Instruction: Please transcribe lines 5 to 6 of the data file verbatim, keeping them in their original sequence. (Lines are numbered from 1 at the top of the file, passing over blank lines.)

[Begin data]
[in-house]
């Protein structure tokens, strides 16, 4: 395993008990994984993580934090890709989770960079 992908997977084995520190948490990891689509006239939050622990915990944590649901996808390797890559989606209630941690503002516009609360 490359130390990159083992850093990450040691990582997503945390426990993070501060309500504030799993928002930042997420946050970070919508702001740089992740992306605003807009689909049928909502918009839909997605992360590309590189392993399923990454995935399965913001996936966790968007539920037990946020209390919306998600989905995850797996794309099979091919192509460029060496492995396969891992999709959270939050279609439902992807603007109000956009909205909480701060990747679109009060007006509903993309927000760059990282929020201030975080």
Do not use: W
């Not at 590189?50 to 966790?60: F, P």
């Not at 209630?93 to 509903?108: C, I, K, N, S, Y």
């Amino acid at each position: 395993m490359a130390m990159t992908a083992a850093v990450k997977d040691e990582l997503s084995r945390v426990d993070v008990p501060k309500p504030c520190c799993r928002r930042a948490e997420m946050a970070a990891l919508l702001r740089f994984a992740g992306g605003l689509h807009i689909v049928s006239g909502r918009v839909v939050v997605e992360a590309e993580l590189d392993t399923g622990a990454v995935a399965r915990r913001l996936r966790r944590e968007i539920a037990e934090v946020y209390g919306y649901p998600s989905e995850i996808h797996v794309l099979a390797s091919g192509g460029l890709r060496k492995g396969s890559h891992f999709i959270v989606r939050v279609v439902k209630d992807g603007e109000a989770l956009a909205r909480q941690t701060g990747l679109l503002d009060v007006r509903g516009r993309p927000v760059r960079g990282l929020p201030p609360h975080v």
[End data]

């Not at 209630?93 to 509903?108: C, I, K, N, S, Y």
């Amino acid at each position: 395993m490359a130390m990159t992908a083992a850093v990450k997977d040691e990582l997503s084995r945390v426990d993070v008990p501060k309500p504030c520190c799993r928002r930042a948490e997420m946050a970070a990891l919508l702001r740089f994984a992740g992306g605003l689509h807009i689909v049928s006239g909502r918009v839909v939050v997605e992360a590309e993580l590189d392993t399923g622990a990454v995935a399965r915990r913001l996936r966790r944590e968007i539920a037990e934090v946020y209390g919306y649901p998600s989905e995850i996808h797996v794309l099979a390797s091919g192509g460029l890709r060496k492995g396969s890559h891992f999709i959270v989606r939050v279609v439902k209630d992807g603007e109000a989770l956009a909205r909480q941690t701060g990747l679109l503002d009060v007006r509903g516009r993309p927000v760059r960079g990282l929020p201030p609360h975080v």